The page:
Horrific Immigration policies in US need reparation

Well, Ireland won last Saturday in Melbourne so it’s full steam ahead for Sydney next week, now it really is a competition. Australia won one match and Ireland won another match and now, next Saturday, will be the decider.

I heard it again on a very clear radio signal but next Saturday I’m going out to my son and family before 11am to watch this vital match between the two countries.

It really is very exciting particularly as, from what I could hear on the radio, the play was magnificent last weekend. Some of the players really excelled themselves but none better, of course, than the king himself, Johnny Sexton.

He is always so sure, so reliable and so authoritative that some of the other excellent players just pale beside him.

Later that night, as I watched the news, I saw Joe Schmidt in a short interview and it struck me how his New Zealand accent came through much stronger than it does when he’s interviewed in Ireland.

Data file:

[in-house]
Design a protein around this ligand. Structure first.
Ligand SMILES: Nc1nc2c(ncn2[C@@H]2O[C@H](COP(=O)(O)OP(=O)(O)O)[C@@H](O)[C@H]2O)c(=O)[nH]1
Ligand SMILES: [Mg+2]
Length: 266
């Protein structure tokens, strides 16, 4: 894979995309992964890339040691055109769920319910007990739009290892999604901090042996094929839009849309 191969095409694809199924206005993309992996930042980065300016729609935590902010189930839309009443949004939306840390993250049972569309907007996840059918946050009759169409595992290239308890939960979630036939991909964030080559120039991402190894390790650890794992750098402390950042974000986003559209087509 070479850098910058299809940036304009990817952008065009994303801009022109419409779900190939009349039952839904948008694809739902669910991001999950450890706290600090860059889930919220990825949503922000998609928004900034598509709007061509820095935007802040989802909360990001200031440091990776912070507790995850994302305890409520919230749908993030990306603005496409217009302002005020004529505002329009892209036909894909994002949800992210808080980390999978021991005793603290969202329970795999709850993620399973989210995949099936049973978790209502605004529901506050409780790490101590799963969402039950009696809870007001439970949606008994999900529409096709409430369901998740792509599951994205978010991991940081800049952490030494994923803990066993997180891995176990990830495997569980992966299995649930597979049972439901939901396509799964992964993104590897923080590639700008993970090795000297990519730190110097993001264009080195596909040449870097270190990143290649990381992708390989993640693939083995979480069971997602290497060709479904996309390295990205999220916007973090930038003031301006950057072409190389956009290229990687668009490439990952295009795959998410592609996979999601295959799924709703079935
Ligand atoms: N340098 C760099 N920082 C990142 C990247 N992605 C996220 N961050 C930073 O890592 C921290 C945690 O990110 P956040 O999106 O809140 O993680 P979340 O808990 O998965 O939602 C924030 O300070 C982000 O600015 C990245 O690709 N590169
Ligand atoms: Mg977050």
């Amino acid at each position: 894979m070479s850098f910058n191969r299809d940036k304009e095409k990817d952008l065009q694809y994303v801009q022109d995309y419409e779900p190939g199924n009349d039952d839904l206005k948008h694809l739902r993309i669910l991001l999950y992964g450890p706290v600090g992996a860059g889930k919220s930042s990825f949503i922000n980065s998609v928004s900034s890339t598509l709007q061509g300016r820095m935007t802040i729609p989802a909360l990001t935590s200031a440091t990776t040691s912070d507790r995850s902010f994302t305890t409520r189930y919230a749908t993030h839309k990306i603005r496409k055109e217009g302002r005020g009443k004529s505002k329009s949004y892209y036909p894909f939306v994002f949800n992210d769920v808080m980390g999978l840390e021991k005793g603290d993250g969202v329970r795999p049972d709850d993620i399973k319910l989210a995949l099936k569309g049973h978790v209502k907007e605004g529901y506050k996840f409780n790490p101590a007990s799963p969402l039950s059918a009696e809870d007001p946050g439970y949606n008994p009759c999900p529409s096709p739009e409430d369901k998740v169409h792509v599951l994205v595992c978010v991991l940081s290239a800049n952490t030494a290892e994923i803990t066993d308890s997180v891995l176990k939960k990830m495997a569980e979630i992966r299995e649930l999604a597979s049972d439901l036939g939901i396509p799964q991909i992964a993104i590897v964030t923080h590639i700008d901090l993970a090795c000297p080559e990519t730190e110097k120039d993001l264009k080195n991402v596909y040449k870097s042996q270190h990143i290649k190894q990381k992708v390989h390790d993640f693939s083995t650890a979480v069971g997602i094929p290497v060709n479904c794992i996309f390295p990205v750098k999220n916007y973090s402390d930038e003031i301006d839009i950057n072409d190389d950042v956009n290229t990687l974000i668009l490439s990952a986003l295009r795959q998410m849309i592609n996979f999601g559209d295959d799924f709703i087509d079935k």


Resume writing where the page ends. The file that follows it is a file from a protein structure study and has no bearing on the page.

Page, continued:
It must be the fact that he’s back home, so to speak, in near proximity to New Zealand, when he’s in Australia with the Irish team.

His contract has sixteen months more to run but, of course, the IRFU will do their very best to get him to stay on for a longer time, even though he has many highly lucrative offers coming in to him. He is married with four children and, I understand, the lucrative offers are not the main thing that keeps him anchored so firmly in Ireland.